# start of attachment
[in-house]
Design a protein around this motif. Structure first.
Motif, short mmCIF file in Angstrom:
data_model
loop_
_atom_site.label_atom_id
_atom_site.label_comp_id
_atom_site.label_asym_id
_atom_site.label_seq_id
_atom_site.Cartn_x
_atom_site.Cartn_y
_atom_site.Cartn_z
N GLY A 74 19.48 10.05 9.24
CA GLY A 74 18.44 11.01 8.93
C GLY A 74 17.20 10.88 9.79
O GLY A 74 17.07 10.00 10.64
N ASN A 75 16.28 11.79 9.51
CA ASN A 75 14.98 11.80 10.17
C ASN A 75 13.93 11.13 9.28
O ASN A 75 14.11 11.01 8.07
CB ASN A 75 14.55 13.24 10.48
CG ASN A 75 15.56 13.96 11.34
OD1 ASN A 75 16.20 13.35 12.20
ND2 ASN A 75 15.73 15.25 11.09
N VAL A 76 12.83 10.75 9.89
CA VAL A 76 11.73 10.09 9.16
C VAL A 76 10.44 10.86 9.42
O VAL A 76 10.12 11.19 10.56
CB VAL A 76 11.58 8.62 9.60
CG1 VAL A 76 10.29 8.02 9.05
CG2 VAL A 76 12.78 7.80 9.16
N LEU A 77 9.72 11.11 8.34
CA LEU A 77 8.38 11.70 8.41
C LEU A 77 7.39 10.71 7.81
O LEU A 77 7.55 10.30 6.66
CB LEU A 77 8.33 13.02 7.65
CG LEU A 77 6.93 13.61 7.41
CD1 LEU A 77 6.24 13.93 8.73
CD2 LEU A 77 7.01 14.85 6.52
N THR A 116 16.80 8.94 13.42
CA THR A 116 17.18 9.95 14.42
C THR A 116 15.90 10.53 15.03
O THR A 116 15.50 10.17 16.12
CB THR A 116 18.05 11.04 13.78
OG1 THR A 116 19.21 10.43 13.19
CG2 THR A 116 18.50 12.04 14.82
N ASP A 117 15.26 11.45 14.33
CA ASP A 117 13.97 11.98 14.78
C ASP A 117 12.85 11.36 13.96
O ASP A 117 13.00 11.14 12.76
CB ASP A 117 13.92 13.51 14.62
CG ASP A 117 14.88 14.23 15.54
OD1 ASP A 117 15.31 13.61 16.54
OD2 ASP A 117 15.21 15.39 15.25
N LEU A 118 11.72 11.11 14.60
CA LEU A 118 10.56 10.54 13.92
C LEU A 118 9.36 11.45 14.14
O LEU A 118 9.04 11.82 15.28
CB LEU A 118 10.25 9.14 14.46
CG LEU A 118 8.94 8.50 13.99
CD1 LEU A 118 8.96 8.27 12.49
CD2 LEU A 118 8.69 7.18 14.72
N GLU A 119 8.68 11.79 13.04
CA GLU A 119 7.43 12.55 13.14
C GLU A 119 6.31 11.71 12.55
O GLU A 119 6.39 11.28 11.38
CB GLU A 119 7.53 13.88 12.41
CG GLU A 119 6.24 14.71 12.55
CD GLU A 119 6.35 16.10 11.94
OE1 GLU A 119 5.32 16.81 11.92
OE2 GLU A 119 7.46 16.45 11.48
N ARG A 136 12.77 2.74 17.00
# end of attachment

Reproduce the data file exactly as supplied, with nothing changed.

[in-house]
Design a protein around this motif. Structure first.
Motif, short mmCIF file in Angstrom:
data_model
loop_
_atom_site.label_atom_id
_atom_site.label_comp_id
_atom_site.label_asym_id
_atom_site.label_seq_id
_atom_site.Cartn_x
_atom_site.Cartn_y
_atom_site.Cartn_z
N GLY A 74 19.48 10.05 9.24
CA GLY A 74 18.44 11.01 8.93
C GLY A 74 17.20 10.88 9.79
O GLY A 74 17.07 10.00 10.64
N ASN A 75 16.28 11.79 9.51
CA ASN A 75 14.98 11.80 10.17
C ASN A 75 13.93 11.13 9.28
O ASN A 75 14.11 11.01 8.07
CB ASN A 75 14.55 13.24 10.48
CG ASN A 75 15.56 13.96 11.34
OD1 ASN A 75 16.20 13.35 12.20
ND2 ASN A 75 15.73 15.25 11.09
N VAL A 76 12.83 10.75 9.89
CA VAL A 76 11.73 10.09 9.16
C VAL A 76 10.44 10.86 9.42
O VAL A 76 10.12 11.19 10.56
CB VAL A 76 11.58 8.62 9.60
CG1 VAL A 76 10.29 8.02 9.05
CG2 VAL A 76 12.78 7.80 9.16
N LEU A 77 9.72 11.11 8.34
CA LEU A 77 8.38 11.70 8.41
C LEU A 77 7.39 10.71 7.81
O LEU A 77 7.55 10.30 6.66
CB LEU A 77 8.33 13.02 7.65
CG LEU A 77 6.93 13.61 7.41
CD1 LEU A 77 6.24 13.93 8.73
CD2 LEU A 77 7.01 14.85 6.52
N THR A 116 16.80 8.94 13.42
CA THR A 116 17.18 9.95 14.42
C THR A 116 15.90 10.53 15.03
O THR A 116 15.50 10.17 16.12
CB THR A 116 18.05 11.04 13.78
OG1 THR A 116 19.21 10.43 13.19
CG2 THR A 116 18.50 12.04 14.82
N ASP A 117 15.26 11.45 14.33
CA ASP A 117 13.97 11.98 14.78
C ASP A 117 12.85 11.36 13.96
O ASP A 117 13.00 11.14 12.76
CB ASP A 117 13.92 13.51 14.62
CG ASP A 117 14.88 14.23 15.54
OD1 ASP A 117 15.31 13.61 16.54
OD2 ASP A 117 15.21 15.39 15.25
N LEU A 118 11.72 11.11 14.60
CA LEU A 118 10.56 10.54 13.92
C LEU A 118 9.36 11.45 14.14
O LEU A 118 9.04 11.82 15.28
CB LEU A 118 10.25 9.14 14.46
CG LEU A 118 8.94 8.50 13.99
CD1 LEU A 118 8.96 8.27 12.49
CD2 LEU A 118 8.69 7.18 14.72
N GLU A 119 8.68 11.79 13.04
CA GLU A 119 7.43 12.55 13.14
C GLU A 119 6.31 11.71 12.55
O GLU A 119 6.39 11.28 11.38
CB GLU A 119 7.53 13.88 12.41
CG GLU A 119 6.24 14.71 12.55
CD GLU A 119 6.35 16.10 11.94
OE1 GLU A 119 5.32 16.81 11.92
OE2 GLU A 119 7.46 16.45 11.48
N ARG A 136 12.77 2.74 17.00